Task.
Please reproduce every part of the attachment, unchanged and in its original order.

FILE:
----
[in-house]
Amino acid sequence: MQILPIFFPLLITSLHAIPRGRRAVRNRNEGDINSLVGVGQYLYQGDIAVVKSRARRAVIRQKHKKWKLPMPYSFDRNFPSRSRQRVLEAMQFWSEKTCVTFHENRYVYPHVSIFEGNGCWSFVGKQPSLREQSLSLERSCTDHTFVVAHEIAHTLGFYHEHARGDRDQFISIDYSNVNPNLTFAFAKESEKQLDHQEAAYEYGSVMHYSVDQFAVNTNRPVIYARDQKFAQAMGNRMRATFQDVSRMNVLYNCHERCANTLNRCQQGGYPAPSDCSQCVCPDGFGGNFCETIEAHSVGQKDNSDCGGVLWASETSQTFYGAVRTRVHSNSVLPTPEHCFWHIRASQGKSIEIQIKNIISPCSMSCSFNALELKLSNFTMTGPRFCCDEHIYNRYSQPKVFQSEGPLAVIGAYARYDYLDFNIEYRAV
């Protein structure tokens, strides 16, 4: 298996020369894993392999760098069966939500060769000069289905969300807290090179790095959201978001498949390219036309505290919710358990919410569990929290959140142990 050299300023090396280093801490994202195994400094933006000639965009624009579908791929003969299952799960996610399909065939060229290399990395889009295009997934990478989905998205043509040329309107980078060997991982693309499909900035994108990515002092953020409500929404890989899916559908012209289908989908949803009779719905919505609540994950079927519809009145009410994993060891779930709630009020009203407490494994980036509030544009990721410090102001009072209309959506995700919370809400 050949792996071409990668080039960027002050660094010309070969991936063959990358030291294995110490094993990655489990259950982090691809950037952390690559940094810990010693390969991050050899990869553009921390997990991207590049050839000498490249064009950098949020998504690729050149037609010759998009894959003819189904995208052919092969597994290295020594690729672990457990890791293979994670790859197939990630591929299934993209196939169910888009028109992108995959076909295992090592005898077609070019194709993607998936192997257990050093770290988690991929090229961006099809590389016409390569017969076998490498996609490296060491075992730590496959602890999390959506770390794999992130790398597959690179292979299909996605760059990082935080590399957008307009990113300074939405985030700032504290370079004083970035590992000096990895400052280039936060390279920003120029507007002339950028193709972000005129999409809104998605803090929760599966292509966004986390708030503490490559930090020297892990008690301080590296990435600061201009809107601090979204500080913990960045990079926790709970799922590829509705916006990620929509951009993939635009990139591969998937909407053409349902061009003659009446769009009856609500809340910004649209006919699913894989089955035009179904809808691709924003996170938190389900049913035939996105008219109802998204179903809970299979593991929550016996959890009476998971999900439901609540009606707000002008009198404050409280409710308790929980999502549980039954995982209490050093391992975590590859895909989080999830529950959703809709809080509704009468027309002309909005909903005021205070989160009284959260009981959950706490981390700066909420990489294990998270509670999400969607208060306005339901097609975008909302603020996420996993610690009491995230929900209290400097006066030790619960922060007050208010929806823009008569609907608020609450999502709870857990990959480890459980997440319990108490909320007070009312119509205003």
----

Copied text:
[in-house]
Amino acid sequence: MQILPIFFPLLITSLHAIPRGRRAVRNRNEGDINSLVGVGQYLYQGDIAVVKSRARRAVIRQKHKKWKLPMPYSFDRNFPSRSRQRVLEAMQFWSEKTCVTFHENRYVYPHVSIFEGNGCWSFVGKQPSLREQSLSLERSCTDHTFVVAHEIAHTLGFYHEHARGDRDQFISIDYSNVNPNLTFAFAKESEKQLDHQEAAYEYGSVMHYSVDQFAVNTNRPVIYARDQKFAQAMGNRMRATFQDVSRMNVLYNCHERCANTLNRCQQGGYPAPSDCSQCVCPDGFGGNFCETIEAHSVGQKDNSDCGGVLWASETSQTFYGAVRTRVHSNSVLPTPEHCFWHIRASQGKSIEIQIKNIISPCSMSCSFNALELKLSNFTMTGPRFCCDEHIYNRYSQPKVFQSEGPLAVIGAYARYDYLDFNIEYRAV
């Protein structure tokens, strides 16, 4: 298996020369894993392999760098069966939500060769000069289905969300807290090179790095959201978001498949390219036309505290919710358990919410569990929290959140142990 050299300023090396280093801490994202195994400094933006000639965009624009579908791929003969299952799960996610399909065939060229290399990395889009295009997934990478989905998205043509040329309107980078060997991982693309499909900035994108990515002092953020409500929404890989899916559908012209289908989908949803009779719905919505609540994950079927519809009145009410994993060891779930709630009020009203407490494994980036509030544009990721410090102001009072209309959506995700919370809400 050949792996071409990668080039960027002050660094010309070969991936063959990358030291294995110490094993990655489990259950982090691809950037952390690559940094810990010693390969991050050899990869553009921390997990991207590049050839000498490249064009950098949020998504690729050149037609010759998009894959003819189904995208052919092969597994290295020594690729672990457990890791293979994670790859197939990630591929299934993209196939169910888009028109992108995959076909295992090592005898077609070019194709993607998936192997257990050093770290988690991929090229961006099809590389016409390569017969076998490498996609490296060491075992730590496959602890999390959506770390794999992130790398597959690179292979299909996605760059990082935080590399957008307009990113300074939405985030700032504290370079004083970035590992000096990895400052280039936060390279920003120029507007002339950028193709972000005129999409809104998605803090929760599966292509966004986390708030503490490559930090020297892990008690301080590296990435600061201009809107601090979204500080913990960045990079926790709970799922590829509705916006990620929509951009993939635009990139591969998937909407053409349902061009003659009446769009009856609500809340910004649209006919699913894989089955035009179904809808691709924003996170938190389900049913035939996105008219109802998204179903809970299979593991929550016996959890009476998971999900439901609540009606707000002008009198404050409280409710308790929980999502549980039954995982209490050093391992975590590859895909989080999830529950959703809709809080509704009468027309002309909005909903005021205070989160009284959260009981959950706490981390700066909420990489294990998270509670999400969607208060306005339901097609975008909302603020996420996993610690009491995230929900209290400097006066030790619960922060007050208010929806823009008569609907608020609450999502709870857990990959480890459980997440319990108490909320007070009312119509205003």